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line_buffer API
The line_buffer library provides a convenient interface for
mostly-line-oriented input.
Each line is not permitted to exceed 10000 bytes. The provided
functions are not thread-safe or async-signal-safe, and like
`fgets()`, they generally do not function correctly if interrupted
by a signal without SA_RESTART set.
Calling sequence
The calling program:
- initializes a `struct line_buffer` to LINE_BUFFER_INIT
- specifies a file to read with `buffer_init`
- processes input with `buffer_read_line`, `buffer_skip_bytes`,
and `buffer_copy_bytes`
- closes the file with `buffer_deinit`, perhaps to start over and
read another file.
When finished, the caller can use `buffer_reset` to deallocate
Using temporary files
Temporary files provide a place to store data that should not outlive
the calling program. A program
- initializes a `struct line_buffer` to LINE_BUFFER_INIT
- requests a temporary file with `buffer_tmpfile_init`
- acquires an output handle by calling `buffer_tmpfile_rewind`
- uses standard I/O functions like `fprintf` and `fwrite` to fill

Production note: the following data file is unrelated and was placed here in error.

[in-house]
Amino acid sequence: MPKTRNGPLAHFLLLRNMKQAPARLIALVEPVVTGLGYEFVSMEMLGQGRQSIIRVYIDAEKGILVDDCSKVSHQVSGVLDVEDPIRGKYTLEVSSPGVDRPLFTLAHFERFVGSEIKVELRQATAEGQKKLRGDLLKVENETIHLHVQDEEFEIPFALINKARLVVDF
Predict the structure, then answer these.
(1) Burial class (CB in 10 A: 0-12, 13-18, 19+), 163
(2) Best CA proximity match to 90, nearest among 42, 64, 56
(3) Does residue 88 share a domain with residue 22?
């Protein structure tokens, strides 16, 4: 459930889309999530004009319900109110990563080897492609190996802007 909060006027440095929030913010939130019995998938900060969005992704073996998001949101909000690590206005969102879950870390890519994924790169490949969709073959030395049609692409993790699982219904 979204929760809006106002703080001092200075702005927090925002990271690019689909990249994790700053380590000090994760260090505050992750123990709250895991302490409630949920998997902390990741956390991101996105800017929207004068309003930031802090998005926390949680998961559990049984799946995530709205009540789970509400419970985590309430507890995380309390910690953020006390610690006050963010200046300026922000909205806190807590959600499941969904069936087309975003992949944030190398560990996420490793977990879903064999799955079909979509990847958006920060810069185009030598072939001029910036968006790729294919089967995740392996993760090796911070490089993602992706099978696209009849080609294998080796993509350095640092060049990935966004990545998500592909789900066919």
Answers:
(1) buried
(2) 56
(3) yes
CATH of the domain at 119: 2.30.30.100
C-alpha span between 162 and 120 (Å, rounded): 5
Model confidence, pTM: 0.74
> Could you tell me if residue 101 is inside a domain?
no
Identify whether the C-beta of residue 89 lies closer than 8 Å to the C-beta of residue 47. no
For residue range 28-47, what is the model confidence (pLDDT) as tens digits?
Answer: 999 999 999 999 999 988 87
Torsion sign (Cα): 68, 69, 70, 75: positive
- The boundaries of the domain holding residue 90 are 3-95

the temporary file
- declares writing is over with `buffer_tmpfile_prepare_to_read`
- can re-read what was written with `buffer_read_line`,
`buffer_copy_bytes`, and so on
- can reuse the temporary file by calling `buffer_tmpfile_rewind`
- removes the temporary file with `buffer_deinit`, perhaps to
reuse the line_buffer for some other file.
When finished, the calling program can use `buffer_reset` to deallocate
`buffer_init`, `buffer_fdinit`::
Open the named file or file descriptor for input.
buffer_init(buf, NULL) prepares to read from stdin.
On failure, returns -1 (with errno indicating the nature
of the failure).
Stop reading from the current file (closing it unless
it was stdin). Returns nonzero if `fclose` fails or
the error indicator was set.
Read a line and strip off the trailing newline.
On failure or end of file, returns NULL.
Read `len` bytes of input and dump them to the standard output
stream. Returns early for error or end of file.
Discards `len` bytes from the input stream (stopping early
if necessary because of an error or eof). Return value is
the number of bytes successfully read.
Deallocates non-static buffers.